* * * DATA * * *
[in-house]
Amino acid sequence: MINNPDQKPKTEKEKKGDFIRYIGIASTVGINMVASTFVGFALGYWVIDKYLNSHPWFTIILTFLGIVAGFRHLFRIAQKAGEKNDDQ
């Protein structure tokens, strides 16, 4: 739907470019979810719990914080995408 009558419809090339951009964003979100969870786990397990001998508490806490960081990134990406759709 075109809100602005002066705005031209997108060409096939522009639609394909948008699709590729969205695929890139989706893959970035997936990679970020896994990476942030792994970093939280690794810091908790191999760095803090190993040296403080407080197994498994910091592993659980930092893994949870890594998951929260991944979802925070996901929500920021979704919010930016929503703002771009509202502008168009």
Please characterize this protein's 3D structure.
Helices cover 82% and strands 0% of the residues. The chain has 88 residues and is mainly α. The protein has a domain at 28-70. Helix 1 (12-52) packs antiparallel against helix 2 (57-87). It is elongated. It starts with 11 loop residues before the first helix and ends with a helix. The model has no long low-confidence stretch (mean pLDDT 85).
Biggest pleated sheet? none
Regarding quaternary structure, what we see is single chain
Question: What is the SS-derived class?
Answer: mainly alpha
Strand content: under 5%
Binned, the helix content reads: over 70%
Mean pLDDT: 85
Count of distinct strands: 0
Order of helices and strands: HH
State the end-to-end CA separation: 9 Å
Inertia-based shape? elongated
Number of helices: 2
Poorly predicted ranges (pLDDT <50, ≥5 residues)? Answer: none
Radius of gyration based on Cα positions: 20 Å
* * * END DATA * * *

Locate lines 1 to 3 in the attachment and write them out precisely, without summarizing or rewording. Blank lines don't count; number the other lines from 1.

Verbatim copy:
[in-house]
Amino acid sequence: MINNPDQKPKTEKEKKGDFIRYIGIASTVGINMVASTFVGFALGYWVIDKYLNSHPWFTIILTFLGIVAGFRHLFRIAQKAGEKNDDQ
């Protein structure tokens, strides 16, 4: 739907470019979810719990914080995408 009558419809090339951009964003979100969870786990397990001998508490806490960081990134990406759709 075109809100602005002066705005031209997108060409096939522009639609394909948008699709590729969205695929890139989706893959970035997936990679970020896994990476942030792994970093939280690794810091908790191999760095803090190993040296403080407080197994498994910091592993659980930092893994949870890594998951929260991944979802925070996901929500920021979704919010930016929503703002771009509202502008168009």